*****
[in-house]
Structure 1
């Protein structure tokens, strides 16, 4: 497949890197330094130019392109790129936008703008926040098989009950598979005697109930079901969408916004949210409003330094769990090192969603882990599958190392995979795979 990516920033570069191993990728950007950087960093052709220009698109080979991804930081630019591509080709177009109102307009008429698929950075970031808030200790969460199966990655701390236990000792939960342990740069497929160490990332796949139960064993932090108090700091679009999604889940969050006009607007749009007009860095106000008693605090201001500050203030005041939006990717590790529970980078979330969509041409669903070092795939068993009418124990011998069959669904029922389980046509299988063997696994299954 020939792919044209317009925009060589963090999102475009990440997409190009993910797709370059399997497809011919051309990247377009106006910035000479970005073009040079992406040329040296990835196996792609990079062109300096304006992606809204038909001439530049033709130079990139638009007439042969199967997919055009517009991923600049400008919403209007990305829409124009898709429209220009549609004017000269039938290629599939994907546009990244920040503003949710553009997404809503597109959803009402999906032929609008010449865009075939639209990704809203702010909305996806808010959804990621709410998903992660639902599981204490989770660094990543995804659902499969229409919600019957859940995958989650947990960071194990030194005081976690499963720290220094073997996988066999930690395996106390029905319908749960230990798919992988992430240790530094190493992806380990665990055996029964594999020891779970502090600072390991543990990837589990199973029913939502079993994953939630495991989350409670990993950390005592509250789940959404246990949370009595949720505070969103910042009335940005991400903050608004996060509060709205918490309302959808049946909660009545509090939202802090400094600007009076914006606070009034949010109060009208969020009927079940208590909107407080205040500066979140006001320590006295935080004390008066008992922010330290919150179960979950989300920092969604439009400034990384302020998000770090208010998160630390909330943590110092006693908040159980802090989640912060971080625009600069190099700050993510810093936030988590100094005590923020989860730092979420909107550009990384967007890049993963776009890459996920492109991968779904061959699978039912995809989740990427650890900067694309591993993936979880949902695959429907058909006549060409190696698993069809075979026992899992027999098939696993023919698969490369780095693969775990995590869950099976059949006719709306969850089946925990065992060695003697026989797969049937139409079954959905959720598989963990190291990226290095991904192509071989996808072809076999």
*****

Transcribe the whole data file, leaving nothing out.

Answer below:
[in-house]
Structure 1
């Protein structure tokens, strides 16, 4: 497949890197330094130019392109790129936008703008926040098989009950598979005697109930079901969408916004949210409003330094769990090192969603882990599958190392995979795979 990516920033570069191993990728950007950087960093052709220009698109080979991804930081630019591509080709177009109102307009008429698929950075970031808030200790969460199966990655701390236990000792939960342990740069497929160490990332796949139960064993932090108090700091679009999604889940969050006009607007749009007009860095106000008693605090201001500050203030005041939006990717590790529970980078979330969509041409669903070092795939068993009418124990011998069959669904029922389980046509299988063997696994299954 020939792919044209317009925009060589963090999102475009990440997409190009993910797709370059399997497809011919051309990247377009106006910035000479970005073009040079992406040329040296990835196996792609990079062109300096304006992606809204038909001439530049033709130079990139638009007439042969199967997919055009517009991923600049400008919403209007990305829409124009898709429209220009549609004017000269039938290629599939994907546009990244920040503003949710553009997404809503597109959803009402999906032929609008010449865009075939639209990704809203702010909305996806808010959804990621709410998903992660639902599981204490989770660094990543995804659902499969229409919600019957859940995958989650947990960071194990030194005081976690499963720290220094073997996988066999930690395996106390029905319908749960230990798919992988992430240790530094190493992806380990665990055996029964594999020891779970502090600072390991543990990837589990199973029913939502079993994953939630495991989350409670990993950390005592509250789940959404246990949370009595949720505070969103910042009335940005991400903050608004996060509060709205918490309302959808049946909660009545509090939202802090400094600007009076914006606070009034949010109060009208969020009927079940208590909107407080205040500066979140006001320590006295935080004390008066008992922010330290919150179960979950989300920092969604439009400034990384302020998000770090208010998160630390909330943590110092006693908040159980802090989640912060971080625009600069190099700050993510810093936030988590100094005590923020989860730092979420909107550009990384967007890049993963776009890459996920492109991968779904061959699978039912995809989740990427650890900067694309591993993936979880949902695959429907058909006549060409190696698993069809075979026992899992027999098939696993023919698969490369780095693969775990995590869950099976059949006719709306969850089946925990065992060695003697026989797969049937139409079954959905959720598989963990190291990226290095991904192509071989996808072809076999």